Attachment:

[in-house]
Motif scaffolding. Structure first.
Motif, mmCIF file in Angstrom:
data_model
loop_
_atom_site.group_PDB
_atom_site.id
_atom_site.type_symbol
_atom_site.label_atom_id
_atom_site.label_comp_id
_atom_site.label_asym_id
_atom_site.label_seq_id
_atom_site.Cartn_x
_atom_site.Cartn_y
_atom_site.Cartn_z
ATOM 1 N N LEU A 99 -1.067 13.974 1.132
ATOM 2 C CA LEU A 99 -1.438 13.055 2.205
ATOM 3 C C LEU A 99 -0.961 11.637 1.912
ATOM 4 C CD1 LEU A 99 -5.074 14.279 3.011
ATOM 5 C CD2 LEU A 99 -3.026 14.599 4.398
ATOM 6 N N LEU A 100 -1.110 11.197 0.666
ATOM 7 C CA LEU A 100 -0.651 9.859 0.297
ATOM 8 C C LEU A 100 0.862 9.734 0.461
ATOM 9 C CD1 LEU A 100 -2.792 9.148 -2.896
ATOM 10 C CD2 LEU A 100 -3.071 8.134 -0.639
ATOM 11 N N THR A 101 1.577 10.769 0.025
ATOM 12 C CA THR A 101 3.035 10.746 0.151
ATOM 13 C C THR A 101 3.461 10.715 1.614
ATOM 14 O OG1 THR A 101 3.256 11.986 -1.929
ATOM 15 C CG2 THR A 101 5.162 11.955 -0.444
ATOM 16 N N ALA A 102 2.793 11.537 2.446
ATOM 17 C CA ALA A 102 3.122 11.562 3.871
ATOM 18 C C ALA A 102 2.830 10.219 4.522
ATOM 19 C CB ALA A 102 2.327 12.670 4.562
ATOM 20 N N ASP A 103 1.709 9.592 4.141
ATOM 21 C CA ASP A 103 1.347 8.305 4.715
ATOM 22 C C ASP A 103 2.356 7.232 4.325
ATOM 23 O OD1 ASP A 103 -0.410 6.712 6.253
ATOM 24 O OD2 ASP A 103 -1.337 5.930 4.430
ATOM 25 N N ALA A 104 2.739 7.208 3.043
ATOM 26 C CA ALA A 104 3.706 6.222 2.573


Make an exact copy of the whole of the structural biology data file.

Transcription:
[in-house]
Motif scaffolding. Structure first.
Motif, mmCIF file in Angstrom:
data_model
loop_
_atom_site.group_PDB
_atom_site.id
_atom_site.type_symbol
_atom_site.label_atom_id
_atom_site.label_comp_id
_atom_site.label_asym_id
_atom_site.label_seq_id
_atom_site.Cartn_x
_atom_site.Cartn_y
_atom_site.Cartn_z
ATOM 1 N N LEU A 99 -1.067 13.974 1.132
ATOM 2 C CA LEU A 99 -1.438 13.055 2.205
ATOM 3 C C LEU A 99 -0.961 11.637 1.912
ATOM 4 C CD1 LEU A 99 -5.074 14.279 3.011
ATOM 5 C CD2 LEU A 99 -3.026 14.599 4.398
ATOM 6 N N LEU A 100 -1.110 11.197 0.666
ATOM 7 C CA LEU A 100 -0.651 9.859 0.297
ATOM 8 C C LEU A 100 0.862 9.734 0.461
ATOM 9 C CD1 LEU A 100 -2.792 9.148 -2.896
ATOM 10 C CD2 LEU A 100 -3.071 8.134 -0.639
ATOM 11 N N THR A 101 1.577 10.769 0.025
ATOM 12 C CA THR A 101 3.035 10.746 0.151
ATOM 13 C C THR A 101 3.461 10.715 1.614
ATOM 14 O OG1 THR A 101 3.256 11.986 -1.929
ATOM 15 C CG2 THR A 101 5.162 11.955 -0.444
ATOM 16 N N ALA A 102 2.793 11.537 2.446
ATOM 17 C CA ALA A 102 3.122 11.562 3.871
ATOM 18 C C ALA A 102 2.830 10.219 4.522
ATOM 19 C CB ALA A 102 2.327 12.670 4.562
ATOM 20 N N ASP A 103 1.709 9.592 4.141
ATOM 21 C CA ASP A 103 1.347 8.305 4.715
ATOM 22 C C ASP A 103 2.356 7.232 4.325
ATOM 23 O OD1 ASP A 103 -0.410 6.712 6.253
ATOM 24 O OD2 ASP A 103 -1.337 5.930 4.430
ATOM 25 N N ALA A 104 2.739 7.208 3.043
ATOM 26 C CA ALA A 104 3.706 6.222 2.573